A dataset provided by the European Space Agency

Name S1-X-SPEDE-2-EDR-BKGRPLASMA
Mission SMALL-MISSIONS-FOR-ADVANCED-RESEARCH-AND-TECHNOLOGY
URL ftp://npsa01.esac.esa.int/pub/mirror/SMALL-MISSIONS-FOR-ADVANCED-RESEARCH-AND-TECHNOLOGY/SPEDE/S1-X-SPEDE-2-EDR-BKGRPLASMA-V1.0
DOI 10.5270/esa-q27nxh7
Abstract N/A
Description Data Set Overview = This data set contains level 1b processed data for the SPEDE instrument on SMART-1. The set covers most of February 2004, during which the electric propulsion (EP) was off, in order to secure an undisturbed environment for instrument commissioning activities. SPEDE also performed commissioning activities, consisting of instrument and probe characterisation measurements. These activities and the results have been reported in S1-SPE-RP-3008 'SMART-1 SPEDE Commissioning Report'. The probe on the +X face of the spaceraft has behaved non-nominally since 20 October 2003. An anomaly report has been generated (S1-SPE-RP-3009 'SMART-1 SPEDE Anomaly Report: Probe +X Malfunction'). For SPEDE instrument description see SPEDEPAPER in DOCUMENT directory. The operation of the instrument was controlled by specific Instrument Operations Timeline (ITL) and Direct Operations Request (DOR) sequences, developed for the commissioning activities. During periods between the measurements off SPEDE was either in housekeeping mode (mode 1, which is a mode with 1 sample / minute) or in some of the modes developed for measuring natural plasma. The two specific measurements for the commissioning period were 1) cleaning of SPEDE probes and 2) characterisation of the photoelectron flux of the probes. The measurements are described in the document 'Payload Second Commissioning Scenario Parameter List' (S1-RSSD-LI-004 Issue 5 21 Feb 2004). During the probe cleaning operation, both probes SPEDE were biased to their maximum positive value (-X: 13,9 V, +X: 14,05 V), in order to the probes to repel as much positive ions as possible. Data were collected once per second in Langmuir mode with both probes. The range of angles that could be covered (Y-axis w.r.t. the Sun) was limited by an operational constraint that the angle between the sun direction and the Solar Panels should not exceed 45 degrees. The photoelectron cur...
Instrument SPEDE
Temporal Coverage 2004-02-02T11:13:18Z/2004-02-25T12:42:49Z
Version V1.0
Mission Description Mission Overview SMART-1 is the first of the Small Missions for Advanced Research and Technology (SMART), which are elements of ESA's Horizons 2000 plan for scientific projects. A brief description of the mission and its objectives can be found in the SMART-1 Archive Plan [S1_ARCH_PLAN_2003], and in papers by [MARINI_ET_AL_2002] and [RACCA_ET_AL_2002]. A detailed description of the mission analysis can be found in the Consolidated Report on Mission Analysis [CREMA_2001]. The SMART missions aim at testing key technologies for future cornerstone missions. The primary technological objective of SMART-1 is the flight demonstration of Solar-Electric-Primary-Propulsion (SEPP) for a scientific lunar orbiting spacecraft delivered from launch into a geostationary transfer orbit (GTO). The spacecraft was designed to operate with minimum ground intervention (e.g. one pass every 4 days). However, the use of ground stations throughout the mission was on availability basis with, on average, a pass once a day. SMART-1 was launched from Kourou at 23:14 UTC on 27th Sept 2003 as a co- passenger on an Ariane-5 launcher. The launch mass of the spacecraft was 367kg, including 82.5kg of Xenon propellant for the SEPP and 19kg instrument payload. After release into the geostationary transfer orbit (GTO) the spacecraft acquired initial attitude, autonomously deployed the solar arrays and entered a checkout phase. The GTO had the following parameters. A=24702.3km E=0.71578 Inc=6.999deg RAAN=250.965deg APER=178.246deg Perigee=7020.8km Apogee=42383.7km The first firing of the SEPP occurred at 12:20:21 UT on 30th September 2003. The escape from the Earth was performed by gradually expanding the orbit from the initial geostationary transfer orbit parameters. Continuous thrusting was required for a little over 80 days in order to pass the main radiation belts as quickly as possible, pushing the perigee out to 20,000km. After this ...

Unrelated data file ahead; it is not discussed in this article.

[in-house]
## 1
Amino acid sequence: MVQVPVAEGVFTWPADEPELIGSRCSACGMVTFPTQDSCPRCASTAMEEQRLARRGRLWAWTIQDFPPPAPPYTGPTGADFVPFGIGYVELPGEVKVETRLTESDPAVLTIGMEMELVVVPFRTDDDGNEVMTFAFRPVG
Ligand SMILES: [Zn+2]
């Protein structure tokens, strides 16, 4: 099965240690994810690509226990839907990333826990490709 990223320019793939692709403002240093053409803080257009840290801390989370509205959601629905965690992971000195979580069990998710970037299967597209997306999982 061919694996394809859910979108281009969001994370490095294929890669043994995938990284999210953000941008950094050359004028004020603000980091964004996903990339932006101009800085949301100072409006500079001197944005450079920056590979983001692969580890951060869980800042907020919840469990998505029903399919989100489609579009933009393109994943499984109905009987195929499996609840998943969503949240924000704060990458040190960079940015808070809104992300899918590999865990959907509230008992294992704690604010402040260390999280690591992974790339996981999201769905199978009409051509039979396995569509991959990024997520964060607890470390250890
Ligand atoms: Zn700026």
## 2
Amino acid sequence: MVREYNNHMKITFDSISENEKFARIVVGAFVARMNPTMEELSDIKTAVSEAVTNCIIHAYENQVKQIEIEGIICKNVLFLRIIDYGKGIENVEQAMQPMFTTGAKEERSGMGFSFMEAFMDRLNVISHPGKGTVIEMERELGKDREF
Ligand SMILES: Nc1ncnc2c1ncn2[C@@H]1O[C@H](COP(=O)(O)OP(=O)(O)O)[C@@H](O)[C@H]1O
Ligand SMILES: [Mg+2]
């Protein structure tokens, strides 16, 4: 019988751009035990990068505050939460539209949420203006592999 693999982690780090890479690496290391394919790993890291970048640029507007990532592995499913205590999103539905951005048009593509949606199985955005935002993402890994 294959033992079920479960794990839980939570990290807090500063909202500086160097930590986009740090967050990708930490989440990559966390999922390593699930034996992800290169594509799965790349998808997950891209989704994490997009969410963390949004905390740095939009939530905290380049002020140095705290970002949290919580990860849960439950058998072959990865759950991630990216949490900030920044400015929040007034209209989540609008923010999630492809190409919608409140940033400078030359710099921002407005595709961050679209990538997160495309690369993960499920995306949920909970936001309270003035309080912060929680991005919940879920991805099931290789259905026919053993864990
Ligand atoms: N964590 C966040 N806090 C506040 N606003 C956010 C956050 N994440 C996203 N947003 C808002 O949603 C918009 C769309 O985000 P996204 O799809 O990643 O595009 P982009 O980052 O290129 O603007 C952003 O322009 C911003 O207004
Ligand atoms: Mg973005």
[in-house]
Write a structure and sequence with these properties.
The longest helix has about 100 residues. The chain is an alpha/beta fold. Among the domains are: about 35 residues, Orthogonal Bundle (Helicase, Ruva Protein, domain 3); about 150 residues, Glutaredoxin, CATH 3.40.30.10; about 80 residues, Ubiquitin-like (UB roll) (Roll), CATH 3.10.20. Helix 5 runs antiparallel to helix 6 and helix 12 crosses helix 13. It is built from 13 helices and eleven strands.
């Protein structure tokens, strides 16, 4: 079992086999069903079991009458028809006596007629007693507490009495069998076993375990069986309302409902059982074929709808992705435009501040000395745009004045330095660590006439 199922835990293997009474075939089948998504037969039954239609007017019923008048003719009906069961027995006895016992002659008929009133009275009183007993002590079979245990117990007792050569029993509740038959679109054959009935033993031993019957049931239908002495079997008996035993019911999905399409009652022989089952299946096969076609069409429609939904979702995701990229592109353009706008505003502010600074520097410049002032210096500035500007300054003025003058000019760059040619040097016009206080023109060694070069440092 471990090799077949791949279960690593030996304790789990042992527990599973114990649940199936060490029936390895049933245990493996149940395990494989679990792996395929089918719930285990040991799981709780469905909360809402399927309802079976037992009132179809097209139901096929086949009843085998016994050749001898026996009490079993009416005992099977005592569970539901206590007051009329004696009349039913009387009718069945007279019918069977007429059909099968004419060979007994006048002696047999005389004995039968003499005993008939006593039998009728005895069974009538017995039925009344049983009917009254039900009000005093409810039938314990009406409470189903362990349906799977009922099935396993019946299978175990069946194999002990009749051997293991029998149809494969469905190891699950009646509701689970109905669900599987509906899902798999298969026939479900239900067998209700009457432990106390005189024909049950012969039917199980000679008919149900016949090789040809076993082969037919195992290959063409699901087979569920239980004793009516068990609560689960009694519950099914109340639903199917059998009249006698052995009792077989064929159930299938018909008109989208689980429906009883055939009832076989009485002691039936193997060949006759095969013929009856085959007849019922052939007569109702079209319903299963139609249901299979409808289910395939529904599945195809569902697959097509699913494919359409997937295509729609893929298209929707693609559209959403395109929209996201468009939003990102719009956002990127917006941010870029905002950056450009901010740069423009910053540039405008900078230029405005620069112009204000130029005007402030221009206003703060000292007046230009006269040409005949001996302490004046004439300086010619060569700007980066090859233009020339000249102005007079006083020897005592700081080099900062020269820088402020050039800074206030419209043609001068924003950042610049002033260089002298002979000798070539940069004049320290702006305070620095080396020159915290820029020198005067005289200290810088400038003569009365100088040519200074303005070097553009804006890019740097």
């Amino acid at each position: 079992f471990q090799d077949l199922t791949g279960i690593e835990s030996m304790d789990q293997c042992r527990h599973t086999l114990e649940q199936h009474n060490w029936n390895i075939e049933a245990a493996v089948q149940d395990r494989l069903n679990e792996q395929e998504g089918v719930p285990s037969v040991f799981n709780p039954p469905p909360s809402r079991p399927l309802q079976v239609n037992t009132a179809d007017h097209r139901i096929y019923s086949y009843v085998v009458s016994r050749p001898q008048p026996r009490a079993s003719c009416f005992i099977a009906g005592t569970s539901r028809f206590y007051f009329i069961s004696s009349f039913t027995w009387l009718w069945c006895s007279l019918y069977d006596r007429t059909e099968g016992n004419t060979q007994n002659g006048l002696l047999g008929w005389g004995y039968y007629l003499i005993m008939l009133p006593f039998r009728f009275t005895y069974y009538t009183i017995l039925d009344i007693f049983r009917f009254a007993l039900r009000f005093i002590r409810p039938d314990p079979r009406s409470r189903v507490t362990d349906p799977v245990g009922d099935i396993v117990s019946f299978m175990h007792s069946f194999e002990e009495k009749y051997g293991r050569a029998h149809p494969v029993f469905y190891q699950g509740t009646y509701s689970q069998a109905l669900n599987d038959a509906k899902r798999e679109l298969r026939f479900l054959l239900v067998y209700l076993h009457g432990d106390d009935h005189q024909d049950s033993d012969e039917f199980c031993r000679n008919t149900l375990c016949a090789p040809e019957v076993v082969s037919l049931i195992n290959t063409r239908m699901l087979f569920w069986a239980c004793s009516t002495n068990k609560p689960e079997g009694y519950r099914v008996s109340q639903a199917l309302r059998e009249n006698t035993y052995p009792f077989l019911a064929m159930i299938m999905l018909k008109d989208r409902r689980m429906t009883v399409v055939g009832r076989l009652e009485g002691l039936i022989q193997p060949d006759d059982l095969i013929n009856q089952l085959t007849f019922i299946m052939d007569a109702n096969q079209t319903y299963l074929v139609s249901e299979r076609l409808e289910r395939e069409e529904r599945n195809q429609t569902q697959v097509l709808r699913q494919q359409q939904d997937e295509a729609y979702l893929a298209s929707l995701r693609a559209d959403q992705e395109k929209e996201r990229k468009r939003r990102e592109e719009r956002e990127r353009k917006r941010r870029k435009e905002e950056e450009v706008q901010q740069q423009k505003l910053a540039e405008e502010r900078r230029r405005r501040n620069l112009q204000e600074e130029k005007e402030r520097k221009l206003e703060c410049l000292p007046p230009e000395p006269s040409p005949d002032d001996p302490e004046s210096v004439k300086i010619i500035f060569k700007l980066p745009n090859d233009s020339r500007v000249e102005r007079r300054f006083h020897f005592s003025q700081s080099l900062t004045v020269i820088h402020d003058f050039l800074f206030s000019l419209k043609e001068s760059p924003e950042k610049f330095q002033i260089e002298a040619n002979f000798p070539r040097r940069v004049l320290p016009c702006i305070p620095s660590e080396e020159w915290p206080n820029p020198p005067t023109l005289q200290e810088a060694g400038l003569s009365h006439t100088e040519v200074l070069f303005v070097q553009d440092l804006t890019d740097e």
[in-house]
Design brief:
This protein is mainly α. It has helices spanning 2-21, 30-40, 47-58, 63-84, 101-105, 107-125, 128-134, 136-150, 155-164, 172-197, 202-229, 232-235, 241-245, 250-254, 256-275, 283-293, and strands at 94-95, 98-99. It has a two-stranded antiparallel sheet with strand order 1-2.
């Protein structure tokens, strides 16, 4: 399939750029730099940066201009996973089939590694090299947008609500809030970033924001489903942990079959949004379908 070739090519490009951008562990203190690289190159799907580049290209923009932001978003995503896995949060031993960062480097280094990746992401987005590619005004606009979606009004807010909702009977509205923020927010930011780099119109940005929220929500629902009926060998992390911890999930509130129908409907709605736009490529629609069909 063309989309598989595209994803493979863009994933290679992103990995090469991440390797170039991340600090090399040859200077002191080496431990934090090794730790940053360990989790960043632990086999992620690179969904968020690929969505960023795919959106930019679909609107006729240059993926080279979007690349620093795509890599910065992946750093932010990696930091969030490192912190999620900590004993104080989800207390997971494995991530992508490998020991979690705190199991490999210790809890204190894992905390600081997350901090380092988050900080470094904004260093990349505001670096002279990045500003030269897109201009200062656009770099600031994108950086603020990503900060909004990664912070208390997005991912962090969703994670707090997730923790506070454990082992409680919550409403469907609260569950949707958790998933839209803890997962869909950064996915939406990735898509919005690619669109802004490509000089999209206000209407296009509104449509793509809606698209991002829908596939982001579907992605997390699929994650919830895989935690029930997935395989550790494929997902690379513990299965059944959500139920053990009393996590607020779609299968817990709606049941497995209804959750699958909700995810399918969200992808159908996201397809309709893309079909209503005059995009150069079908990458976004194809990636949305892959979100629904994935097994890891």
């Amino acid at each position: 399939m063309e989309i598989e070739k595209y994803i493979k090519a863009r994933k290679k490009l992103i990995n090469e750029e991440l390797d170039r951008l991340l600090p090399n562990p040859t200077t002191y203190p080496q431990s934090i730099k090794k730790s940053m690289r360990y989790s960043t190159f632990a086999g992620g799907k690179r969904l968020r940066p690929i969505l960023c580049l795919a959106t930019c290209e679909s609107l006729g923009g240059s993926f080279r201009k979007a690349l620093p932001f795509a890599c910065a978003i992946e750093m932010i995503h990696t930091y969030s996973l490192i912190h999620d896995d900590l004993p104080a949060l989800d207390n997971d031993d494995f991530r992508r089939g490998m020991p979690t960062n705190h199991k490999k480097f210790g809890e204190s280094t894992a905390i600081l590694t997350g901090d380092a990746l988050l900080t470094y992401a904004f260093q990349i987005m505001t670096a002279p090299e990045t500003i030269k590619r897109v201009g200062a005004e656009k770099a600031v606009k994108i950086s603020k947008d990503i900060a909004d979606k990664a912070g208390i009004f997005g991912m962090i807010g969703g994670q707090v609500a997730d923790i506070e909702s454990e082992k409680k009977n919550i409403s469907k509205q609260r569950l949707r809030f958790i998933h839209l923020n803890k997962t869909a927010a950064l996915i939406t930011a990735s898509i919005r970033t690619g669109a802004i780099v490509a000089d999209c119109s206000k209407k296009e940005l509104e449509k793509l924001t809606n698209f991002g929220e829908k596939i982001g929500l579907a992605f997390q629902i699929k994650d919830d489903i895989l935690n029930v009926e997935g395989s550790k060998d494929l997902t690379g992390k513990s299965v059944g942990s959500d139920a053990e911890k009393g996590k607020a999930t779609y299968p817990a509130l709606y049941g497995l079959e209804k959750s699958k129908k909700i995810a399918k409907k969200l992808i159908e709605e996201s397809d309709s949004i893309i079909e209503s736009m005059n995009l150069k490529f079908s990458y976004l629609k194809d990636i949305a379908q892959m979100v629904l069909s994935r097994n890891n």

Creator Contact Dr. Anssi Malkki
Date Published 2005-10-18T00:00:00Z
Publisher And Registrant European Space Agency
Credit Guidelines European Space Agency, 2005-10-18T00:00:00Z, S1-X-SPEDE-2-EDR-BKGRPLASMA, V1.0. https://doi.org/10.5270/esa-q27nxh7